Phantastic Ferniture and the Blue Mountains origin story

If you haven’t already rinsed Phantastic Ferniture‘s eponymous 2018 debut LP so much that you know the exact length of each song, you absolutely need to get onto that NOW. It’s without a doubt one of the best debut releases this year.

Fresh from the Sydney underground music scene, the three-piece bring that raw flavour straight to us right from track one: ‘Uncomfortable Teenager’.

This song speaks to the experience of growing up in the Blue Mountains, a World Heritage Site-cum-sleepy city. Located just about as far as you can go west on a train from the City, people in the Mountains never forget their proximity (and distance) from Sydney. It’s a beautiful place where you can buy a nice place and raise a family, but still commute to the city for work. It’s also a place that young adults leave. As a 19 year-old living here, I can’t tell you how many times I’ve been told to ‘just wait until I move to the city’ by older adults.

Phantastic Ferniture, consisting of lead singer Julia Jacklin, guitarist Liz Hughes, and drummer/producer Ryan K Brennan, know how I feel. Jacklin and Hughes grew up in the Mountains.

The Blue Mountains has seen a heap of Australia’s best acts, with the likes of Cloud Control, Hermitude, Thundamentals, Urthboy, and Julia Jacklin among them. One of the most notable parts of the Blue Mountains origin story seems to be leaving. And usually, that means leaving before you taste success.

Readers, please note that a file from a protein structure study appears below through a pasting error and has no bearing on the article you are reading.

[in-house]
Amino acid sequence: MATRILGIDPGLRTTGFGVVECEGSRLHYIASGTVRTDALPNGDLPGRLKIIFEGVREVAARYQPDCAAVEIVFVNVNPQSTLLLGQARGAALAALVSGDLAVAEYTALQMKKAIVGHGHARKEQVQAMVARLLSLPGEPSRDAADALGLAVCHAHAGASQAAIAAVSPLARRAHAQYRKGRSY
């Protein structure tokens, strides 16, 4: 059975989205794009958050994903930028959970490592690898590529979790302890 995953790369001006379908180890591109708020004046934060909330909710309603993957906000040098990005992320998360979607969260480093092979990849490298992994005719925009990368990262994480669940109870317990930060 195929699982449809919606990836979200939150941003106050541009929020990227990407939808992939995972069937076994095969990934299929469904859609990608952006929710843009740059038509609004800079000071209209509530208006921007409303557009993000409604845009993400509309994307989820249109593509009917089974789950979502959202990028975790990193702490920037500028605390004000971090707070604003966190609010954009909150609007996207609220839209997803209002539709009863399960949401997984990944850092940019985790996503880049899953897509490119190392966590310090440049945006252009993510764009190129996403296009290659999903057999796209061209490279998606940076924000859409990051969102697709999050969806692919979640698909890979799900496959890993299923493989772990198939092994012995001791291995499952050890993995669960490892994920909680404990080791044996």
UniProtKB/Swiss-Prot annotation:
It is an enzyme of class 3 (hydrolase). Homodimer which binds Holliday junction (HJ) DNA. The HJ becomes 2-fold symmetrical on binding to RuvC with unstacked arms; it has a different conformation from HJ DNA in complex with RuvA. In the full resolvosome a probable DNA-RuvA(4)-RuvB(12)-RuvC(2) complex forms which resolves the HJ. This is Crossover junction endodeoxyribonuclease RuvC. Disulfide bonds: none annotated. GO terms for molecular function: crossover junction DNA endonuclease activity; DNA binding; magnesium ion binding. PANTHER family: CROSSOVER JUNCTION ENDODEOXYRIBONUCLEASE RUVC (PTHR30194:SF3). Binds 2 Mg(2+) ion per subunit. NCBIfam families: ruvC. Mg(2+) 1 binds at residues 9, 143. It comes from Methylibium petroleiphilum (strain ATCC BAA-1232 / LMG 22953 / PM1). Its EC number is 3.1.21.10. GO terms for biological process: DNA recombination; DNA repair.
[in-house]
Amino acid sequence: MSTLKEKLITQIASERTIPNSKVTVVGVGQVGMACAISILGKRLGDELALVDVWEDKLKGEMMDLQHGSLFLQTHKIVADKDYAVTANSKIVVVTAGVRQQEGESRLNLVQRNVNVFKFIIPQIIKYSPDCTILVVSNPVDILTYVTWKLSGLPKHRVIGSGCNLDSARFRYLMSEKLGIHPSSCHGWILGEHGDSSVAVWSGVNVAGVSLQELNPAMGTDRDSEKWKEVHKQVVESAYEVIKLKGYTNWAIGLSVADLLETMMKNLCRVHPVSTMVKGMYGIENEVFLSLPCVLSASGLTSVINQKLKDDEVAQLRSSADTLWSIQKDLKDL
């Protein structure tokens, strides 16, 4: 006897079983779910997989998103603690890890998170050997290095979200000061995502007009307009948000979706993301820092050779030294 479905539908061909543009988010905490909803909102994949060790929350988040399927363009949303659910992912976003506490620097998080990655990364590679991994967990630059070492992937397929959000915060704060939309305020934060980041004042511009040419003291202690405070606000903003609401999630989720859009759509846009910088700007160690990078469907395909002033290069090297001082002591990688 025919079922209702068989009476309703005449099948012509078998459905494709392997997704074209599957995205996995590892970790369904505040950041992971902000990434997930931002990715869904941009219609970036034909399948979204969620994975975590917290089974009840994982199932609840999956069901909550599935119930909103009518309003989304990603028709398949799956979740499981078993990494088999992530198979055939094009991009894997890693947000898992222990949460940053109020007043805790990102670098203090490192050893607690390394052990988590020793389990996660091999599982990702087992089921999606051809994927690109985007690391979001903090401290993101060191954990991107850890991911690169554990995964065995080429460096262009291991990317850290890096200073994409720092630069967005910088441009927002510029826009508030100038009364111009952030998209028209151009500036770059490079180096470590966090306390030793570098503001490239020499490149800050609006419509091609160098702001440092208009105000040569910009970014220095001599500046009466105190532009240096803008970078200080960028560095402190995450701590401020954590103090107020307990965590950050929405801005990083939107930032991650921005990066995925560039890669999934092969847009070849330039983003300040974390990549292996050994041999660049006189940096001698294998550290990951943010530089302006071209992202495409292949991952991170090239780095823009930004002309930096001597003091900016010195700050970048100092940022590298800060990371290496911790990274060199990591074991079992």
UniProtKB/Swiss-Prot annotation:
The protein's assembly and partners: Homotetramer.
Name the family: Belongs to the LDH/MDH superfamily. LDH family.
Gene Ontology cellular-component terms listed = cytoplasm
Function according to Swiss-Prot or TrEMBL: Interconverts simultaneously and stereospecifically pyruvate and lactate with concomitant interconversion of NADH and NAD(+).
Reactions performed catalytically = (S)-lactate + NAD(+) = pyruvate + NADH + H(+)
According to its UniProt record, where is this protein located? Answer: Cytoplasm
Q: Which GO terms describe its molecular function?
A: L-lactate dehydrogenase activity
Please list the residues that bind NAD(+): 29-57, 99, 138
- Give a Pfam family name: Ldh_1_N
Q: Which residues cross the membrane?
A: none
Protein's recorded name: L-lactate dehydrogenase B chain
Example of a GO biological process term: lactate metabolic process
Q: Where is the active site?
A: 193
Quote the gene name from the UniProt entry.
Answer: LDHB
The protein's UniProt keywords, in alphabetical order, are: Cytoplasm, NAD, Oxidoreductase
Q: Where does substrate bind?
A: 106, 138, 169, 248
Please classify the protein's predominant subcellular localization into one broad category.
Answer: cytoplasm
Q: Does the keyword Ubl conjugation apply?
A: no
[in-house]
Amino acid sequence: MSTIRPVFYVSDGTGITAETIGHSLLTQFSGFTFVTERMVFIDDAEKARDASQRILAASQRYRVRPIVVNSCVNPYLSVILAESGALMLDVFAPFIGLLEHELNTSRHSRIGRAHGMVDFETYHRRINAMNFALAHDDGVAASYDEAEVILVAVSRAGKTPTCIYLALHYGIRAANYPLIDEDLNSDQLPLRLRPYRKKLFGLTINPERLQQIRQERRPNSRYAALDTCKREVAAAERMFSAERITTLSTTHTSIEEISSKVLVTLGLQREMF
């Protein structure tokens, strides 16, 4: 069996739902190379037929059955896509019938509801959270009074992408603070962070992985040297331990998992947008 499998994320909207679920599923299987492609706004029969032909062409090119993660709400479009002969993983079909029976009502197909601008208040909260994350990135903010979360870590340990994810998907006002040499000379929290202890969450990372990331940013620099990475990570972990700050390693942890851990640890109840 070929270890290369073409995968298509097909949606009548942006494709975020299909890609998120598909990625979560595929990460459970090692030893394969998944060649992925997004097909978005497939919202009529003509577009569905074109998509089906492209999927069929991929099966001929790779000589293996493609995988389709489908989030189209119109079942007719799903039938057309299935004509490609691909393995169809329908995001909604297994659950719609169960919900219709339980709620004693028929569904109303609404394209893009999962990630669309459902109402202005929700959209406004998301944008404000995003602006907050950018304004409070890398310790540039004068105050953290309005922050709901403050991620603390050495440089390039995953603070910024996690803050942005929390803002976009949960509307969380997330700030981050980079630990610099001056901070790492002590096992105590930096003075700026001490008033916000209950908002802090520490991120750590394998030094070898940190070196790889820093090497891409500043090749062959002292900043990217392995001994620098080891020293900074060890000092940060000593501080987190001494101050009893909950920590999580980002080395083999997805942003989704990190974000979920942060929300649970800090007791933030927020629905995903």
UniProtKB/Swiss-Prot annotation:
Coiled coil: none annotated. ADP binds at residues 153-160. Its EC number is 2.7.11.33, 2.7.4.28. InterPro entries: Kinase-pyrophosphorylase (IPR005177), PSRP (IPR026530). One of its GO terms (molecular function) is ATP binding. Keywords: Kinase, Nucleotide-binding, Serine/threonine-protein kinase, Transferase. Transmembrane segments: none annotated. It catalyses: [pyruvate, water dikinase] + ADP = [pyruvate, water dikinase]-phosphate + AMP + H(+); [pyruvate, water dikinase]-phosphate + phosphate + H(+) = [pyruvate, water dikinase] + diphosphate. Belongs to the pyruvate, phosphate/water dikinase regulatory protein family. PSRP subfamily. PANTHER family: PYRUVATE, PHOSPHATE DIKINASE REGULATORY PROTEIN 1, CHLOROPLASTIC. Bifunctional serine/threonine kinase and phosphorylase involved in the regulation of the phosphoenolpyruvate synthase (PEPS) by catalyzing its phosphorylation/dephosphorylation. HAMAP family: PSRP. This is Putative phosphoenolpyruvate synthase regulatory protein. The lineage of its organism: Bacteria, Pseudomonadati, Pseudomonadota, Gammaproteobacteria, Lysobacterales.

Cloud Control won one of FBi’s SMAC awards when three of them were uni students and one of them a full-time worker. They met at high school in Wentworth Falls. A bio from early on reads, “We grew up in the Blue Mountains and we always get asked about that. It might influence us a little bit being from there, maybe it just makes us more chilled.” That’s pretty fair – there isn’t really a sound, per se, but there is definitely a pool of talent.

The hip-hop scene in Katoomba is certainly a niche, however. Local acts like Merekat and Otherside, along with a horde of other groups and solo acts, follow in the footsteps of rappers who’ve gone on to bigger and more eminent things like Thundamentals and Urthboy. The local bars and pubs play a huge role. Weekly gigs are a given and there’s a dedicated audience for the sound, full of the support that carries artists on to greatness.

The wider music community, underpinned by The Haze Mag and the greater Blue Mountains community as a whole, makes the Blue Mountains a pretty nice place to realise your musical prowess. So why the need to get in closer to the city? Of course, the potential audience you’ll be reaching is way bigger. I’m gonna go out and say that the sociological idea of the metropoles, wherein only the things coming out of major cities like London or Sydney can be recognised on a legitimate level, still plays a big part in modern society – and this extends to cultural stuff too.

Now that the internet is connecting us all so easily, surely we can only expect that music from every crevice of this world can shine and find its audience. It’s already happening.

‘Dark Corner Dance Floor’ is another cut from Phantastic Ferniture. It’s about moving from the Mountains to the City and going out and having a good time. I think it probably sums up the kind of thing I’m trying to say in this article, so I’ll leave you with that.

Phantastic Ferniture is out now.

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